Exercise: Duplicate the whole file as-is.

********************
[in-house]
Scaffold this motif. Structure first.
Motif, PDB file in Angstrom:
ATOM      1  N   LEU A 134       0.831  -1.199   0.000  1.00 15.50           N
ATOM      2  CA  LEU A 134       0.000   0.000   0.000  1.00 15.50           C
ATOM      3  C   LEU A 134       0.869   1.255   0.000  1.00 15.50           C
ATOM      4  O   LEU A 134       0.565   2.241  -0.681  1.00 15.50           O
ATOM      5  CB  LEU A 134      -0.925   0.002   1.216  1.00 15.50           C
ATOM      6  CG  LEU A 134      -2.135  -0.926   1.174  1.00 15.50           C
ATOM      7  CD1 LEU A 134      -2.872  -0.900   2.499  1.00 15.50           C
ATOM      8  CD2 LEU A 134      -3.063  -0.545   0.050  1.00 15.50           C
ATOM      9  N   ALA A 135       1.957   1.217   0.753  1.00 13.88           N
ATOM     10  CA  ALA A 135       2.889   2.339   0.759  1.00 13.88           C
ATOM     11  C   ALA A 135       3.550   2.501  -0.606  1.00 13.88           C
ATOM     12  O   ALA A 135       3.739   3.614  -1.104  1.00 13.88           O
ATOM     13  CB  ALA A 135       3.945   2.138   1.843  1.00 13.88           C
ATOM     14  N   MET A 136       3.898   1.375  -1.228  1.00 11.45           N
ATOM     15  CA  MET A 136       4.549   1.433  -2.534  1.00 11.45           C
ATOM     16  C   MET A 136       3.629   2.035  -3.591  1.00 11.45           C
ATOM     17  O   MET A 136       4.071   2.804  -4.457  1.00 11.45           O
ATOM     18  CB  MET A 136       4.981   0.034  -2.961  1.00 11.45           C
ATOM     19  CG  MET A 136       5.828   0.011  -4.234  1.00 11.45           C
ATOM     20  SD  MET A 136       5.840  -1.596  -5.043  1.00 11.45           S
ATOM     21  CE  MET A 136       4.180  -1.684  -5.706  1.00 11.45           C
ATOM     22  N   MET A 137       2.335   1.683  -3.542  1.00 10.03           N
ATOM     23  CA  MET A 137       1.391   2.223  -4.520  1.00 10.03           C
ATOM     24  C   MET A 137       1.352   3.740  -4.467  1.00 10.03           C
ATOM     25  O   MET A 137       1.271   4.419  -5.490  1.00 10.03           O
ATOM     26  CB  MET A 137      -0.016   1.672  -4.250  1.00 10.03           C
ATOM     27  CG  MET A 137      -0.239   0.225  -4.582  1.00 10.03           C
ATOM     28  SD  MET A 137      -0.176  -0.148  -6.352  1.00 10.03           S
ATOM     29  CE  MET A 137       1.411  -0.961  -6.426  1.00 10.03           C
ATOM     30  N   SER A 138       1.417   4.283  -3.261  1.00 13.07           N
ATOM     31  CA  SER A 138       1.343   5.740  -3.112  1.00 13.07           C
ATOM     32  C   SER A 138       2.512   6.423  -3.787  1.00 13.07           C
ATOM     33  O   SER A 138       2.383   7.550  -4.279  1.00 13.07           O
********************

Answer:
[in-house]
Scaffold this motif. Structure first.
Motif, PDB file in Angstrom:
ATOM      1  N   LEU A 134       0.831  -1.199   0.000  1.00 15.50           N
ATOM      2  CA  LEU A 134       0.000   0.000   0.000  1.00 15.50           C
ATOM      3  C   LEU A 134       0.869   1.255   0.000  1.00 15.50           C
ATOM      4  O   LEU A 134       0.565   2.241  -0.681  1.00 15.50           O
ATOM      5  CB  LEU A 134      -0.925   0.002   1.216  1.00 15.50           C
ATOM      6  CG  LEU A 134      -2.135  -0.926   1.174  1.00 15.50           C
ATOM      7  CD1 LEU A 134      -2.872  -0.900   2.499  1.00 15.50           C
ATOM      8  CD2 LEU A 134      -3.063  -0.545   0.050  1.00 15.50           C
ATOM      9  N   ALA A 135       1.957   1.217   0.753  1.00 13.88           N
ATOM     10  CA  ALA A 135       2.889   2.339   0.759  1.00 13.88           C
ATOM     11  C   ALA A 135       3.550   2.501  -0.606  1.00 13.88           C
ATOM     12  O   ALA A 135       3.739   3.614  -1.104  1.00 13.88           O
ATOM     13  CB  ALA A 135       3.945   2.138   1.843  1.00 13.88           C
ATOM     14  N   MET A 136       3.898   1.375  -1.228  1.00 11.45           N
ATOM     15  CA  MET A 136       4.549   1.433  -2.534  1.00 11.45           C
ATOM     16  C   MET A 136       3.629   2.035  -3.591  1.00 11.45           C
ATOM     17  O   MET A 136       4.071   2.804  -4.457  1.00 11.45           O
ATOM     18  CB  MET A 136       4.981   0.034  -2.961  1.00 11.45           C
ATOM     19  CG  MET A 136       5.828   0.011  -4.234  1.00 11.45           C
ATOM     20  SD  MET A 136       5.840  -1.596  -5.043  1.00 11.45           S
ATOM     21  CE  MET A 136       4.180  -1.684  -5.706  1.00 11.45           C
ATOM     22  N   MET A 137       2.335   1.683  -3.542  1.00 10.03           N
ATOM     23  CA  MET A 137       1.391   2.223  -4.520  1.00 10.03           C
ATOM     24  C   MET A 137       1.352   3.740  -4.467  1.00 10.03           C
ATOM     25  O   MET A 137       1.271   4.419  -5.490  1.00 10.03           O
ATOM     26  CB  MET A 137      -0.016   1.672  -4.250  1.00 10.03           C
ATOM     27  CG  MET A 137      -0.239   0.225  -4.582  1.00 10.03           C
ATOM     28  SD  MET A 137      -0.176  -0.148  -6.352  1.00 10.03           S
ATOM     29  CE  MET A 137       1.411  -0.961  -6.426  1.00 10.03           C
ATOM     30  N   SER A 138       1.417   4.283  -3.261  1.00 13.07           N
ATOM     31  CA  SER A 138       1.343   5.740  -3.112  1.00 13.07           C
ATOM     32  C   SER A 138       2.512   6.423  -3.787  1.00 13.07           C
ATOM     33  O   SER A 138       2.383   7.550  -4.279  1.00 13.07           O